The Yankees struck out miserably in free agency filling key position

andrew benintendi, yankees
Jul 29, 2022; Bronx, New York, USA; New York Yankees left fielder Andrew Benintendi (18) hits an infield RBI single to tie the game in the eighth inning against the Kansas City Royals at Yankee Stadium. Mandatory Credit: Wendell Cruz-USA TODAY Sports

It is no secret the New York Yankees need to fill their vacant left field position; otherwise, they will be rolling with Aaron Hicks and Oswaldo Cabrera for the 2023 season. Heading into the winter months, the hope was that Cabrera would fill a super-utility role, given his excellent defense in both the outfield and infield last year.

A 44-game sample size isn’t much, but Cabrera still managed to post 13 defensive runs saved above average and have a few flashy hitting moments. His defensive energy was enough to justify giving him a crack at a starting job, but having him fill in to mitigate fatigue throughout the season might be a better way to extrapolate his value. With players like DJ LeMahieu, Harrison Bader, and even Anthony Rizzo requiring workload management, Oswaldo could come into play.

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The Yankees are fine sticking with their own players, which is risky:

With that being said, management is still keen on giving Oswaldo a chance to win the starting life field job over Hicks, who’s coming off yet another down season. At 33 years old, Hicks hit .216 with a .330 OBP last season, mashing eight homers with 40 RBIs and recording a 90 wRC+. Hicks hasn’t recorded a wRC+ over 100 since 2020, the Covid abbreviated season. He did hit .248 with a .366 OBP, including 27 homers back in 2018, but that seems like a lifetime ago.

The Yankees invested an exorbitant amount of salary space on Judge’s extension and inked Carlos Rodon to a big deal to plug a key starting rotation spot. However, they struck out big-time, filling the left field position with a free agent, despite having multiple options on the board.

General manager Brian Cashman missed out on Brandon Nimmo, Andrew Benintendi, Michael Conforto, Michael Brantley, and a myriad of other mid-tier options. The remaining free agents include Tommy Pham, David Peralta, and Jurickson Profar. There are a few other available players, but none that would give the Yankees a legitimate competitor.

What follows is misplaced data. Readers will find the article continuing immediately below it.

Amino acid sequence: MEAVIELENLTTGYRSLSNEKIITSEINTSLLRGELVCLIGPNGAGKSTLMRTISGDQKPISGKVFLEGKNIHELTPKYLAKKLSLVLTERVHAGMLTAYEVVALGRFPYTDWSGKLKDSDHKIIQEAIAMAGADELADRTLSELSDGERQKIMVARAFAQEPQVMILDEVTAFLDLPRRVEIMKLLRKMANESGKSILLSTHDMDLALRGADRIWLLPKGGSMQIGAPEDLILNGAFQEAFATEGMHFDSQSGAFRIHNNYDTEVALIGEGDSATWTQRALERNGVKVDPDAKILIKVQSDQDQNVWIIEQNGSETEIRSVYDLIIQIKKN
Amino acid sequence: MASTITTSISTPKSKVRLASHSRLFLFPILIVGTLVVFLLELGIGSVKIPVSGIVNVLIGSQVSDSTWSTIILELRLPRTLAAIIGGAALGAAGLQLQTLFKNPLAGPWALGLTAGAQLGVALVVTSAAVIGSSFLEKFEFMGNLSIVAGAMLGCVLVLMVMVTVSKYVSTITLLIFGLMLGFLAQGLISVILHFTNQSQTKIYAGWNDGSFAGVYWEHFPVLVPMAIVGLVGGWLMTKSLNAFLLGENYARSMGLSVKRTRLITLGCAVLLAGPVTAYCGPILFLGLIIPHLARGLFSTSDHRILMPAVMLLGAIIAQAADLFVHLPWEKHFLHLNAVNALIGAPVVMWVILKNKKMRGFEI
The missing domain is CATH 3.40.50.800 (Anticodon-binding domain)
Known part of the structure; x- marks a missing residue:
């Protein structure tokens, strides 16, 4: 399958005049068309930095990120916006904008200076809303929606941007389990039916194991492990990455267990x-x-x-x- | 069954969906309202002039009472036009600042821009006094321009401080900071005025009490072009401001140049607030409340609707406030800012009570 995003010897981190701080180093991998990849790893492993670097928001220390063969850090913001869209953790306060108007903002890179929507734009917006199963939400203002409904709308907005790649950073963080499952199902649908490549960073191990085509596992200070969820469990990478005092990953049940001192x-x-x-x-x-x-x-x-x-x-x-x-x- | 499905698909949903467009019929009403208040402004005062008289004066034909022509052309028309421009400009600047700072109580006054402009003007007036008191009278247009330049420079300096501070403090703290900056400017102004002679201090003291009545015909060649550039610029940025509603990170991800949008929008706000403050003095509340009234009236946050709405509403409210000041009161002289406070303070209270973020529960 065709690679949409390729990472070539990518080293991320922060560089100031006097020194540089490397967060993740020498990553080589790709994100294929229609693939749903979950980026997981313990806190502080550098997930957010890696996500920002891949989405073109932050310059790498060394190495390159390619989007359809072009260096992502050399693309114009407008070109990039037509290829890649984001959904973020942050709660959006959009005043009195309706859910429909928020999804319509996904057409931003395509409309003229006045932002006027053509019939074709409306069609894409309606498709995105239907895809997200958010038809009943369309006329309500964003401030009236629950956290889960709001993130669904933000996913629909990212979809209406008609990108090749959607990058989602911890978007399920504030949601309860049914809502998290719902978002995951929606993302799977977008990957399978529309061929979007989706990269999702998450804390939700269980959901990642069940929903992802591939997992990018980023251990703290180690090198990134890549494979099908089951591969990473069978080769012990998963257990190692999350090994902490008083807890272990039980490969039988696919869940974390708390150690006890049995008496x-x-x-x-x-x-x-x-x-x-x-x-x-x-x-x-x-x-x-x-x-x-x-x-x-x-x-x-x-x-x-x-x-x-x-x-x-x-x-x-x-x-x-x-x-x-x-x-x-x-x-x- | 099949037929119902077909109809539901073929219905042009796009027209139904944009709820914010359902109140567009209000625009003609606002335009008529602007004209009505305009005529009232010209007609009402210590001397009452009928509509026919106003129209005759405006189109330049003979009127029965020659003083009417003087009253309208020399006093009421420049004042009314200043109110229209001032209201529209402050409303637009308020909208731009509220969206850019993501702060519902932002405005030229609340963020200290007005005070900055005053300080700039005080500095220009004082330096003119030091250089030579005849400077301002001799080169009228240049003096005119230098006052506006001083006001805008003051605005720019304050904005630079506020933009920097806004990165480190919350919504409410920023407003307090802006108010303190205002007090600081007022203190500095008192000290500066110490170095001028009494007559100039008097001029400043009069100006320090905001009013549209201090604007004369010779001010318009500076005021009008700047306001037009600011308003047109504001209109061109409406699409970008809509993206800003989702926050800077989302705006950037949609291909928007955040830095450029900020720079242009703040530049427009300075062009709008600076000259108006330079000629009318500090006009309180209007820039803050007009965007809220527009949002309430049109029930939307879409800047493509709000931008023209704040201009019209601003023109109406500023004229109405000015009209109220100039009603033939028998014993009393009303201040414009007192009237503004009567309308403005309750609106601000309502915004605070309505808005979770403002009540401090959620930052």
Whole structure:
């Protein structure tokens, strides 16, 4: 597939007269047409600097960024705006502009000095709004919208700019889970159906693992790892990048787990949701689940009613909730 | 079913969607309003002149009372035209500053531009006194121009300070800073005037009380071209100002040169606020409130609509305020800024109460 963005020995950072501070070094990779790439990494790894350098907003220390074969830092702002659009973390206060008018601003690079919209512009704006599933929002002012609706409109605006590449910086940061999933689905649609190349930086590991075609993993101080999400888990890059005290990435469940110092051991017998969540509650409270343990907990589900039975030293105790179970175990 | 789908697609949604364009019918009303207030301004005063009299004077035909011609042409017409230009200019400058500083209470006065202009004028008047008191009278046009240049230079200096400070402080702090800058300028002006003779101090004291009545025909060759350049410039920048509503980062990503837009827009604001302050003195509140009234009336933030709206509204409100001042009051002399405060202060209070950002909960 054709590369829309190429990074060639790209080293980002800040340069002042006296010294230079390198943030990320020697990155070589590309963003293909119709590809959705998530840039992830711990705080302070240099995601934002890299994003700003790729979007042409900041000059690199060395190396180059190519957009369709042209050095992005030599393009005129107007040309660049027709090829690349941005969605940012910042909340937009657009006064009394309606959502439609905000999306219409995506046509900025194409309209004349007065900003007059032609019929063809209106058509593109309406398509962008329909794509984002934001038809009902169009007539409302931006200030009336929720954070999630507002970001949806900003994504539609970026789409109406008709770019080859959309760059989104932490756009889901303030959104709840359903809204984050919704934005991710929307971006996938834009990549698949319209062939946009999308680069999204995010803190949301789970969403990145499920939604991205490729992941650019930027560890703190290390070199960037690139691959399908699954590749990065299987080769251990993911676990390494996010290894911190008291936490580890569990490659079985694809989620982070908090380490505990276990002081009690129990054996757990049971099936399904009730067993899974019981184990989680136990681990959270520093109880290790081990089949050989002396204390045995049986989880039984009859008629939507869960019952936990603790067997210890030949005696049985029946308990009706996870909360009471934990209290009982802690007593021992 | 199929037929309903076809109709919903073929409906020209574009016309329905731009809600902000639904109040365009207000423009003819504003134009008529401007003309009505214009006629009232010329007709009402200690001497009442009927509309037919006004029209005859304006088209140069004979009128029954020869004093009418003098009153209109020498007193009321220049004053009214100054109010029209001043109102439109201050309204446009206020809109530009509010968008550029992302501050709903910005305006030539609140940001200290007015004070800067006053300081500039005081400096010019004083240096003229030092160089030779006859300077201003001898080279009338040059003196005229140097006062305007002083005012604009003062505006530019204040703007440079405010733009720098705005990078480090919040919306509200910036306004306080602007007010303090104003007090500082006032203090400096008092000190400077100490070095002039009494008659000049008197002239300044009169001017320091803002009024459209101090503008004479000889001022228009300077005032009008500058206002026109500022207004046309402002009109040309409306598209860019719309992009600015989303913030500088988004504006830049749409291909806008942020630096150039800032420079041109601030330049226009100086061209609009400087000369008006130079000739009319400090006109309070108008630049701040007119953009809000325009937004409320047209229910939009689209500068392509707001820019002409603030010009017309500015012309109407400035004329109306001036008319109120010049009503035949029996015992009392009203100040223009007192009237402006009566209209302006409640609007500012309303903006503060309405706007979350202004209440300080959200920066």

Cashman is taking a “strike gold” approach:

Cashman has been busy adding minor-league contracts and spring training invites to compete, notably Willie Calhoun and Rafael Ortega. He’s hoping to strike gold on a veteran player with juice left in the tank.

Hoping to hit big on another Matt Carpenter, Clay Holmes, or even Gio Urshela is optimistic at best. The more likely scenario is that Cashman looks to trade for a competitor, giving minimal capital in the process. Max Kepler has been floated for the past few weeks, but he doesn’t move the needle that much, given his offensive profile.

Austin Meadows could be an option, coming off a season where he played in just 36 games, dealing with mental issues. Having psychological shortcomings in the Bronx might not be an ideal combination, so Meadows may not be the best choice. There have also been reports indicating that Anthony Santander could be available, and given his switch-hitting bat, there’s value to be had, despite polarizing defense.

At this point in time, the Bombers are certainly playing with fire in left field since Hicks isn’t going to turn into the 2018 version of himself, and Cabrera is still a youngster that needs significant playing time. At the very least, Cabrera is an unknown who showed flashes of potential in 2022.

The problem is: the Yankees are still being bogged down by bloated contracts like Josh Donaldson’s and even Hicks’, who is still owed $30 million over the next three seasons. The team might be far better off if Cashman could find a way to offload those deals and reallocate some salary toward an acquisition.